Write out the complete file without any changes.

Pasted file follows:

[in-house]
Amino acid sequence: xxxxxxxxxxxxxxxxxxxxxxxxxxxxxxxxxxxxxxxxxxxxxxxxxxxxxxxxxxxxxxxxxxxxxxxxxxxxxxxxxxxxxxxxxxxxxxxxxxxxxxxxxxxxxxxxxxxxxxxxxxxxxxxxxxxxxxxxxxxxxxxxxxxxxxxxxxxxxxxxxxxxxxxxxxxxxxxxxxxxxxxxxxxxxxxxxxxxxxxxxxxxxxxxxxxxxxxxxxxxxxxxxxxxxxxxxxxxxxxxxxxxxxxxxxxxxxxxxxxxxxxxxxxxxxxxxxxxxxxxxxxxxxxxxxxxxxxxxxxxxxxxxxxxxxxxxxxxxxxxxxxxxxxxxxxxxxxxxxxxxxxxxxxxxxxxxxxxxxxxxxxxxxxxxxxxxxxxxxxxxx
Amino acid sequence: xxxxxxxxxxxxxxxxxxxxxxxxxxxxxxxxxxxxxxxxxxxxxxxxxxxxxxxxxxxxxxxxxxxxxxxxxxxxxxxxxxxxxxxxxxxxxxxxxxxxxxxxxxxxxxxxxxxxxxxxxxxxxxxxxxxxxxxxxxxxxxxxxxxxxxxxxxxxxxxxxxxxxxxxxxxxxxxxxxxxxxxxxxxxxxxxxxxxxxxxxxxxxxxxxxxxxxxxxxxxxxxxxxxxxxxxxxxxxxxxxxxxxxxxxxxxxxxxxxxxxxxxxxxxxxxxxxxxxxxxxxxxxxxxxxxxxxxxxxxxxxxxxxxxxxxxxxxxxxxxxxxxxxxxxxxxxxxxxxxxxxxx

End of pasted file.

[in-house]
Amino acid sequence: xxxxxxxxxxxxxxxxxxxxxxxxxxxxxxxxxxxxxxxxxxxxxxxxxxxxxxxxxxxxxxxxxxxxxxxxxxxxxxxxxxxxxxxxxxxxxxxxxxxxxxxxxxxxxxxxxxxxxxxxxxxxxxxxxxxxxxxxxxxxxxxxxxxxxxxxxxxxxxxxxxxxxxxxxxxxxxxxxxxxxxxxxxxxxxxxxxxxxxxxxxxxxxxxxxxxxxxxxxxxxxxxxxxxxxxxxxxxxxxxxxxxxxxxxxxxxxxxxxxxxxxxxxxxxxxxxxxxxxxxxxxxxxxxxxxxxxxxxxxxxxxxxxxxxxxxxxxxxxxxxxxxxxxxxxxxxxxxxxxxxxxxxxxxxxxxxxxxxxxxxxxxxxxxxxxxxxxxxxxxxx
Amino acid sequence: xxxxxxxxxxxxxxxxxxxxxxxxxxxxxxxxxxxxxxxxxxxxxxxxxxxxxxxxxxxxxxxxxxxxxxxxxxxxxxxxxxxxxxxxxxxxxxxxxxxxxxxxxxxxxxxxxxxxxxxxxxxxxxxxxxxxxxxxxxxxxxxxxxxxxxxxxxxxxxxxxxxxxxxxxxxxxxxxxxxxxxxxxxxxxxxxxxxxxxxxxxxxxxxxxxxxxxxxxxxxxxxxxxxxxxxxxxxxxxxxxxxxxxxxxxxxxxxxxxxxxxxxxxxxxxxxxxxxxxxxxxxxxxxxxxxxxxxxxxxxxxxxxxxxxxxxxxxxxxxxxxxxxxxxxxxxxxxxxxxxxxxx